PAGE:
Computing a Good Shape

One of the criteria of a good grid map or small multiple with gaps is that the overall appearance of the grid map resembles that of the actual geographic shape of the region being shown.

There are various ways to quantify such resemblance, such as the Hausdorff distance, Fréchet distance and symmetric difference. Each has its own benefits and drawbacks, but we have proven that for either of these metrics, it is NP-hard to compute the grid shape that best matches the geographic shape, if we enforce that this grid shape is one single shape. “NP-hard” means that it is generally believed (though not proven currently) that there is no efficient exact algorithm to compute the solution.

These results can be found in our algorithmic paper “Mapping polygons to a grid”, as well as an online preprint “Discretized Approaches to Schematization”.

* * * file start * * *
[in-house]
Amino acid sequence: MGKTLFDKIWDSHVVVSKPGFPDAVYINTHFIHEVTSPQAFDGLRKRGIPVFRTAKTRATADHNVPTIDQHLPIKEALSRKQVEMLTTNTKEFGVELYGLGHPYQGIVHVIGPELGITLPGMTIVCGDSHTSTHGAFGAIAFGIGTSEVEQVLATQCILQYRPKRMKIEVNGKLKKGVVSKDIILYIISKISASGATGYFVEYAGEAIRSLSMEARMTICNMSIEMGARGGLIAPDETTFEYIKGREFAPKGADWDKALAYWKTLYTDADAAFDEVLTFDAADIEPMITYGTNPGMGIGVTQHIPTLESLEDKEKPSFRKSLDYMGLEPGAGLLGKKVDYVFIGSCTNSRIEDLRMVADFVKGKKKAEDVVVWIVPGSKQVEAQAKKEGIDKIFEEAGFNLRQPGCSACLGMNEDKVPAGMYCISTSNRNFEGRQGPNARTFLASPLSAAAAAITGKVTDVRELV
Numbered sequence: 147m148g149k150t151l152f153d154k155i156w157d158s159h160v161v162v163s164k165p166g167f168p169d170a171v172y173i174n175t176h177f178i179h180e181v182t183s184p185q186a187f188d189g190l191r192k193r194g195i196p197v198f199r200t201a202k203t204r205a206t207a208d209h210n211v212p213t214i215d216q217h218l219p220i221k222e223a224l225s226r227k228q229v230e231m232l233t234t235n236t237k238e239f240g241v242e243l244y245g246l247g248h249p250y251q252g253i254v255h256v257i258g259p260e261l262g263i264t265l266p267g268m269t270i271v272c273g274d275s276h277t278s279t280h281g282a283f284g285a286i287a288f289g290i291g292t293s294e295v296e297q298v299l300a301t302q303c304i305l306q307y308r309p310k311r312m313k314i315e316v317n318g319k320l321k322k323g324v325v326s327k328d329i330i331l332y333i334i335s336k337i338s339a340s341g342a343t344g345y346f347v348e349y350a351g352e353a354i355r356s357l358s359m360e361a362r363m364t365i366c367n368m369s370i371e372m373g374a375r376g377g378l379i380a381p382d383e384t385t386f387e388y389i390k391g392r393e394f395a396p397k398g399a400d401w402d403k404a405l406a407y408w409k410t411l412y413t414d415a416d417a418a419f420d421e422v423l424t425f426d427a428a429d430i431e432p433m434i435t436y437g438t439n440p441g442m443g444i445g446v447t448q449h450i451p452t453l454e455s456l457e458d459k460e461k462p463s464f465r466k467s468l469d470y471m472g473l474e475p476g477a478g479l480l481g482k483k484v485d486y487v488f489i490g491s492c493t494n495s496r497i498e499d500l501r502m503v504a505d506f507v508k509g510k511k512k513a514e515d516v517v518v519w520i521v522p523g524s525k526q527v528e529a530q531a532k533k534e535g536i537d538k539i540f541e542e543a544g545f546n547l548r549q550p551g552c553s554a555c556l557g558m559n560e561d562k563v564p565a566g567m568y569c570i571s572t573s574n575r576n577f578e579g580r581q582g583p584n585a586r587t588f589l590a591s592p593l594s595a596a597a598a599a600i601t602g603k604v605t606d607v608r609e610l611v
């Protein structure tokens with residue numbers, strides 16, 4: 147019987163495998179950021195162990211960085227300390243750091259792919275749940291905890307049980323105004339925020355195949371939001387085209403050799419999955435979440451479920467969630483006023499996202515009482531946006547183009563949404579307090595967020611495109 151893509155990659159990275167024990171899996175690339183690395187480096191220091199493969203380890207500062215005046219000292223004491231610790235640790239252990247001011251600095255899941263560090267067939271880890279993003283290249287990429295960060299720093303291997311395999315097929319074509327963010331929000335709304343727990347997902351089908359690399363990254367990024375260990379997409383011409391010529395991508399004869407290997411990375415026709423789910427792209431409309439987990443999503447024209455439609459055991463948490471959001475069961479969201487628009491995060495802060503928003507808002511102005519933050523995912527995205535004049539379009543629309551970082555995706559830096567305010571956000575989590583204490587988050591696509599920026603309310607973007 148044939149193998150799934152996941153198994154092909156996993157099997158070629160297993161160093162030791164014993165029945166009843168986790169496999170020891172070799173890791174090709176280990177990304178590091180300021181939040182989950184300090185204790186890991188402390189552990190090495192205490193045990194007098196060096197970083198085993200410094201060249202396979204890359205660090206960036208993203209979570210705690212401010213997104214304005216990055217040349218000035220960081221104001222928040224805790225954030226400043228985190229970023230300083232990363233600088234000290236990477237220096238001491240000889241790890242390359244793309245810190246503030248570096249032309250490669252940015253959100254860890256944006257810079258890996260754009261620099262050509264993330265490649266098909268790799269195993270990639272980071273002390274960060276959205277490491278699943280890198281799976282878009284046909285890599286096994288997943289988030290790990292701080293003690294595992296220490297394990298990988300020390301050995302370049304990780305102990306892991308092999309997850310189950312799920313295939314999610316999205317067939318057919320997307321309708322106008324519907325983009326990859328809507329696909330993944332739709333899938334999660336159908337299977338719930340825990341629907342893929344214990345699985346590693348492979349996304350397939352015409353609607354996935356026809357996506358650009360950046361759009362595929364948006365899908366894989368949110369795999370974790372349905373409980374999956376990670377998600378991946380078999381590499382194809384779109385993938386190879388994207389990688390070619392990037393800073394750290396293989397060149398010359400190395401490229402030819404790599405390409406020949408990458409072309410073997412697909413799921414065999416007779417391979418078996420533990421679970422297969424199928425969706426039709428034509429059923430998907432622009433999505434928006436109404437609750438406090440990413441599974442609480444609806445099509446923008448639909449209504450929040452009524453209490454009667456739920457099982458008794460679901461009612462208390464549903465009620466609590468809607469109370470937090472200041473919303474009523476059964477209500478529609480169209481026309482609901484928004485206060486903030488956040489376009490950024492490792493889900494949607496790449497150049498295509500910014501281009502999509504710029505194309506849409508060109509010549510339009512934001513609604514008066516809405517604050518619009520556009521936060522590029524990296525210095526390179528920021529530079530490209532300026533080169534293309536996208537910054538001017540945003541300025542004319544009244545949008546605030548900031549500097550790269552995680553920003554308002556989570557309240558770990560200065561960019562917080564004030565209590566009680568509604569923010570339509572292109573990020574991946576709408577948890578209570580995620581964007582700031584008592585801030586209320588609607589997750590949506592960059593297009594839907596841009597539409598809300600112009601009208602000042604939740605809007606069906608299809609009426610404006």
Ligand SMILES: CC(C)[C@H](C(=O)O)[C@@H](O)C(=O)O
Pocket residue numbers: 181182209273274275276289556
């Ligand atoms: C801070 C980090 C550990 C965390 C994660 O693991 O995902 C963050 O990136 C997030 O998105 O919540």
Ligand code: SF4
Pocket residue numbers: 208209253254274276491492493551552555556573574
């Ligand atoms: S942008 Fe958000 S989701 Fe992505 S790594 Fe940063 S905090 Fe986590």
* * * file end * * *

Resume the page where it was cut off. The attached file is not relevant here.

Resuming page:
The first of these papers also presents some positive results: if we do not insist on the best possible shape, but rather on a “good-enough” shape, we can develop fast algorithms to compute solutions.

 
  To schematize a country (such as Switzerland in this example), we overlay it on a grid and find a cycle on this grid that closely resembles the geographic shape. This cycle is then a good schematization of the country.

To schematize a country (such as Switzerland in this example), we overlay it on a grid and find a cycle on this grid that closely resembles the geographic shape. This cycle is then a good schematization of the country.